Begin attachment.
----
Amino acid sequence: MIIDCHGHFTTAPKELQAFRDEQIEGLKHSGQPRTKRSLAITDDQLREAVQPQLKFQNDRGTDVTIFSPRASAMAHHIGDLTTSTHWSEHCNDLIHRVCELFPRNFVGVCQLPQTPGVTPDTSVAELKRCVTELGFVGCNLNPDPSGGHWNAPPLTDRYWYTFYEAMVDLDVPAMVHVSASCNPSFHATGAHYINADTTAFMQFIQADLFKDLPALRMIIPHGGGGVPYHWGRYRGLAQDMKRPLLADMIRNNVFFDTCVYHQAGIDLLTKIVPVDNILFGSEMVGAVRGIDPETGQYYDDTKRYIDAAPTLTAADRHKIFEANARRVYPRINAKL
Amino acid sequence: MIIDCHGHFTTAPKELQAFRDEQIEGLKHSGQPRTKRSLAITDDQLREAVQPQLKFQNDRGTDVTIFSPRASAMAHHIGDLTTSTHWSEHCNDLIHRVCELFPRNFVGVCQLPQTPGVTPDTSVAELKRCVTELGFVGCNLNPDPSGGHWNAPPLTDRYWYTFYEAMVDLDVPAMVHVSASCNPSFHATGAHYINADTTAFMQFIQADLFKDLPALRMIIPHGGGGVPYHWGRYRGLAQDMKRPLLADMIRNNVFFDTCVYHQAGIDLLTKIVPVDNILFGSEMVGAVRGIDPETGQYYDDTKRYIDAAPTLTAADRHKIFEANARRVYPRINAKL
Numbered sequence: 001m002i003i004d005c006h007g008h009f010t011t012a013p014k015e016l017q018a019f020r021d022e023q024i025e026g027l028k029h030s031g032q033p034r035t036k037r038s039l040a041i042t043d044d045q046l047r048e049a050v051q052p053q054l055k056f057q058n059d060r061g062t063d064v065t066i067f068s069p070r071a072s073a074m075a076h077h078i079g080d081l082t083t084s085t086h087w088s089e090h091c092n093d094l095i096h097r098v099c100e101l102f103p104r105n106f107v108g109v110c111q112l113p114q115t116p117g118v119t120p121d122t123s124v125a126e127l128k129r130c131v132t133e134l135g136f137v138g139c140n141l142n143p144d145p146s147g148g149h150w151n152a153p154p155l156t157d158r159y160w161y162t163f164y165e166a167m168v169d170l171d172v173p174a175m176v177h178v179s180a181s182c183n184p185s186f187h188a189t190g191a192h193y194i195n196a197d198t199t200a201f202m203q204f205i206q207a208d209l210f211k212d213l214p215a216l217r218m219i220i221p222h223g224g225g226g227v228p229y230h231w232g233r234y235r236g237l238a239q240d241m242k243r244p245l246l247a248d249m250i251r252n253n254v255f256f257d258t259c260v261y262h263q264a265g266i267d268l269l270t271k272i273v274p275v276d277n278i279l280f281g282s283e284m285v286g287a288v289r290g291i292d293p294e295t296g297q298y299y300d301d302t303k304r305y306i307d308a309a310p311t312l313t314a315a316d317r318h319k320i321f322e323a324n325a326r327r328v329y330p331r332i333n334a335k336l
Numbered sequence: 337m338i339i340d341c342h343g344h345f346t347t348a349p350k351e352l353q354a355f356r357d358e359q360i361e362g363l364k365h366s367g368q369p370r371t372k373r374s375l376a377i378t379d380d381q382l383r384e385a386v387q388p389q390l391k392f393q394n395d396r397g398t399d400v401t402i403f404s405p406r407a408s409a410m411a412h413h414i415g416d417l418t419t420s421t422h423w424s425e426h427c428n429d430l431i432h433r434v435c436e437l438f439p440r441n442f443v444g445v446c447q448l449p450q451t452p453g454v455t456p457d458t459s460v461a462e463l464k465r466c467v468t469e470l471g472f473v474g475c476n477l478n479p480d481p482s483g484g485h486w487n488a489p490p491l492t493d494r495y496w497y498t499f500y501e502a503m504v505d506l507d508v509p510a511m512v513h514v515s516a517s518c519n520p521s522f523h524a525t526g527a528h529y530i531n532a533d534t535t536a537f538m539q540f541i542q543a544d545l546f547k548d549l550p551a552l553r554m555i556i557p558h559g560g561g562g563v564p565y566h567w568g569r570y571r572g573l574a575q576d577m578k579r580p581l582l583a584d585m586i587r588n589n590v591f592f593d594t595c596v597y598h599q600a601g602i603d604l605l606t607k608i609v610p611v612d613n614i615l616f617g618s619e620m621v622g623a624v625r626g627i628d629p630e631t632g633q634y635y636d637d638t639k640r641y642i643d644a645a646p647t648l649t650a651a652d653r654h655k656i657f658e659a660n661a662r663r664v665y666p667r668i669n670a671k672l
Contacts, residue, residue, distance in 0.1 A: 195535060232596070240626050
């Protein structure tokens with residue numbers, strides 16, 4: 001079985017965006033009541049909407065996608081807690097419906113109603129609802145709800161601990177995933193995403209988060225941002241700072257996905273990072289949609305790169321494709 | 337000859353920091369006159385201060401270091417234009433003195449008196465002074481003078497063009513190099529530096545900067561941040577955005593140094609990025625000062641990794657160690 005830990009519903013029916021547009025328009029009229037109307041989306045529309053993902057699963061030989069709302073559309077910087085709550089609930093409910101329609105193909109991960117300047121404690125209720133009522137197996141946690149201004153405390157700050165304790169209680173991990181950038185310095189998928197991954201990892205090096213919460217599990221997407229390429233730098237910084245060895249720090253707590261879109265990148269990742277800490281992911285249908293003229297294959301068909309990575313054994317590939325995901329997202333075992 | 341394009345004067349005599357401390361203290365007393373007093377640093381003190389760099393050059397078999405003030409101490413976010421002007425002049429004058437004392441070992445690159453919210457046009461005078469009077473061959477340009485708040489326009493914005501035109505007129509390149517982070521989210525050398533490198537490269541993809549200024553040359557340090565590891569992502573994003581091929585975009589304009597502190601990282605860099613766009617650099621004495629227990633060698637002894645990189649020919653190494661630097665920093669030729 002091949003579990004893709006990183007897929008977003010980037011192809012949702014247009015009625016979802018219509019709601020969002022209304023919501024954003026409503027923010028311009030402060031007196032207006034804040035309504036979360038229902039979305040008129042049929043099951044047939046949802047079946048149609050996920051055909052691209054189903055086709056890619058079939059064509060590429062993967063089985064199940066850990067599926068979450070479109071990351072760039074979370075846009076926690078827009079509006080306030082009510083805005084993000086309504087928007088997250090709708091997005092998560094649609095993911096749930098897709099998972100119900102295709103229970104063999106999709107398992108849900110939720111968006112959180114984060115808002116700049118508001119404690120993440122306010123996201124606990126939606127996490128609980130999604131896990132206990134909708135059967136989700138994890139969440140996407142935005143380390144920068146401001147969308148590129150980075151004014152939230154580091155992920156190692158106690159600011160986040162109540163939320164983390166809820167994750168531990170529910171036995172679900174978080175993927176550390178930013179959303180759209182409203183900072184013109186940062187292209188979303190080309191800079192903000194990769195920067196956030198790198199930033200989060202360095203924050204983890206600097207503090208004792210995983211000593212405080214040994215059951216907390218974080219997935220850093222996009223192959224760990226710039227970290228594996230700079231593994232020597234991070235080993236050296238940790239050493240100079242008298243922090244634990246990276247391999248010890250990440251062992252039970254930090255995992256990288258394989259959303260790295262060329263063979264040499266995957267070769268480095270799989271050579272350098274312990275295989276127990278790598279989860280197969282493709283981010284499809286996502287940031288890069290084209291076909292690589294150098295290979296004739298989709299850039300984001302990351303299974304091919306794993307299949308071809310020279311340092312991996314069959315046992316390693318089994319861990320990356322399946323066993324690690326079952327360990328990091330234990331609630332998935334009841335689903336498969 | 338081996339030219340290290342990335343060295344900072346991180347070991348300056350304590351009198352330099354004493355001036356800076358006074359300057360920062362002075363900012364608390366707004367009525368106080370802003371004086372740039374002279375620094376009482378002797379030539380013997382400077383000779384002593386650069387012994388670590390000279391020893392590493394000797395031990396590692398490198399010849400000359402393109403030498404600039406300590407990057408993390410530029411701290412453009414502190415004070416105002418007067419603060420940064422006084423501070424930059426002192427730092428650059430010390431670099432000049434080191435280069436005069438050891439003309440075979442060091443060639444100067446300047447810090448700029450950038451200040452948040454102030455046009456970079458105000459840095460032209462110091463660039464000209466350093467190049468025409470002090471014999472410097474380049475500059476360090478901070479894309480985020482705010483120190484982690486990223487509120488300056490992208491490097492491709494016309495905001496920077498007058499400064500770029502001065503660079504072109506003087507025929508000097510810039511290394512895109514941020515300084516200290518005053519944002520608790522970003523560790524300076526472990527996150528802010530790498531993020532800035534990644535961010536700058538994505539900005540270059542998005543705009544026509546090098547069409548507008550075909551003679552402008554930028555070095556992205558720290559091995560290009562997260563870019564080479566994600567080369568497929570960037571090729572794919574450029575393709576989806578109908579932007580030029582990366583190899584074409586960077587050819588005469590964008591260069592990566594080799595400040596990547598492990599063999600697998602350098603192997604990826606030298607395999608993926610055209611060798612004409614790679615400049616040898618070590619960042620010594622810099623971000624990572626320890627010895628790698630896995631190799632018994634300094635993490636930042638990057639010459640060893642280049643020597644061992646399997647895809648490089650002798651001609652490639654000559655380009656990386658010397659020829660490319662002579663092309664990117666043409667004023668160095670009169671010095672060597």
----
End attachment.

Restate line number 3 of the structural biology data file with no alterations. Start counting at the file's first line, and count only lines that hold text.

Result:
Numbered sequence: 001m002i003i004d005c006h007g008h009f010t011t012a013p014k015e016l017q018a019f020r021d022e023q024i025e026g027l028k029h030s031g032q033p034r035t036k037r038s039l040a041i042t043d044d045q046l047r048e049a050v051q052p053q054l055k056f057q058n059d060r061g062t063d064v065t066i067f068s069p070r071a072s073a074m075a076h077h078i079g080d081l082t083t084s085t086h087w088s089e090h091c092n093d094l095i096h097r098v099c100e101l102f103p104r105n106f107v108g109v110c111q112l113p114q115t116p117g118v119t120p121d122t123s124v125a126e127l128k129r130c131v132t133e134l135g136f137v138g139c140n141l142n143p144d145p146s147g148g149h150w151n152a153p154p155l156t157d158r159y160w161y162t163f164y165e166a167m168v169d170l171d172v173p174a175m176v177h178v179s180a181s182c183n184p185s186f187h188a189t190g191a192h193y194i195n196a197d198t199t200a201f202m203q204f205i206q207a208d209l210f211k212d213l214p215a216l217r218m219i220i221p222h223g224g225g226g227v228p229y230h231w232g233r234y235r236g237l238a239q240d241m242k243r244p245l246l247a248d249m250i251r252n253n254v255f256f257d258t259c260v261y262h263q264a265g266i267d268l269l270t271k272i273v274p275v276d277n278i279l280f281g282s283e284m285v286g287a288v289r290g291i292d293p294e295t296g297q298y299y300d301d302t303k304r305y306i307d308a309a310p311t312l313t314a315a316d317r318h319k320i321f322e323a324n325a326r327r328v329y330p331r332i333n334a335k336l